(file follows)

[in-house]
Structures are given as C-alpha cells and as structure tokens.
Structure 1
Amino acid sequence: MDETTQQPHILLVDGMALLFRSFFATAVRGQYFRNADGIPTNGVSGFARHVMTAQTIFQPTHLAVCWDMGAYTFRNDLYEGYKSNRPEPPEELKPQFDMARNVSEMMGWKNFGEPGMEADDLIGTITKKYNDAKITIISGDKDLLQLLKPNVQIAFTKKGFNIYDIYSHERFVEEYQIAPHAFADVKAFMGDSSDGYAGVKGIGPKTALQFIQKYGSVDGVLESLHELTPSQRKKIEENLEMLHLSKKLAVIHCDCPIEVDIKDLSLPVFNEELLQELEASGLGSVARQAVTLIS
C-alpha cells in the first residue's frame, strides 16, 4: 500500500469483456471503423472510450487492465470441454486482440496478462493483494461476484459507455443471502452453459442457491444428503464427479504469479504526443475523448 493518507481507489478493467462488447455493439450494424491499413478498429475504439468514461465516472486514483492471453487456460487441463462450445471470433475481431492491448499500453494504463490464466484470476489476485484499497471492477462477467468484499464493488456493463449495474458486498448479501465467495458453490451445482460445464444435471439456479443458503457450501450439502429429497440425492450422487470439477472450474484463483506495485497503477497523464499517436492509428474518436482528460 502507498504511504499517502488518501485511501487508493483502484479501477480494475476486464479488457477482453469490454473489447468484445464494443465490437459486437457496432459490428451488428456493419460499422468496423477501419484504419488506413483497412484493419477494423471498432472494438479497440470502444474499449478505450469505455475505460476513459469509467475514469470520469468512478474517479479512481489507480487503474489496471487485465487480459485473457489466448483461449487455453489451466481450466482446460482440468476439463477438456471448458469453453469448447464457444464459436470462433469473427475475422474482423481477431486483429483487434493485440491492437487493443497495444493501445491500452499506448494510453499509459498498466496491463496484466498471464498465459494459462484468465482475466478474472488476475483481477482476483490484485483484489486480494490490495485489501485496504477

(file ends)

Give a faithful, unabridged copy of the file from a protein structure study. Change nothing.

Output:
[in-house]
Structures are given as C-alpha cells and as structure tokens.
Structure 1
Amino acid sequence: MDETTQQPHILLVDGMALLFRSFFATAVRGQYFRNADGIPTNGVSGFARHVMTAQTIFQPTHLAVCWDMGAYTFRNDLYEGYKSNRPEPPEELKPQFDMARNVSEMMGWKNFGEPGMEADDLIGTITKKYNDAKITIISGDKDLLQLLKPNVQIAFTKKGFNIYDIYSHERFVEEYQIAPHAFADVKAFMGDSSDGYAGVKGIGPKTALQFIQKYGSVDGVLESLHELTPSQRKKIEENLEMLHLSKKLAVIHCDCPIEVDIKDLSLPVFNEELLQELEASGLGSVARQAVTLIS
C-alpha cells in the first residue's frame, strides 16, 4: 500500500469483456471503423472510450487492465470441454486482440496478462493483494461476484459507455443471502452453459442457491444428503464427479504469479504526443475523448 493518507481507489478493467462488447455493439450494424491499413478498429475504439468514461465516472486514483492471453487456460487441463462450445471470433475481431492491448499500453494504463490464466484470476489476485484499497471492477462477467468484499464493488456493463449495474458486498448479501465467495458453490451445482460445464444435471439456479443458503457450501450439502429429497440425492450422487470439477472450474484463483506495485497503477497523464499517436492509428474518436482528460 502507498504511504499517502488518501485511501487508493483502484479501477480494475476486464479488457477482453469490454473489447468484445464494443465490437459486437457496432459490428451488428456493419460499422468496423477501419484504419488506413483497412484493419477494423471498432472494438479497440470502444474499449478505450469505455475505460476513459469509467475514469470520469468512478474517479479512481489507480487503474489496471487485465487480459485473457489466448483461449487455453489451466481450466482446460482440468476439463477438456471448458469453453469448447464457444464459436470462433469473427475475422474482423481477431486483429483487434493485440491492437487493443497495444493501445491500452499506448494510453499509459498498466496491463496484466498471464498465459494459462484468465482475466478474472488476475483481477482476483490484485483484489486480494490490495485489501485496504477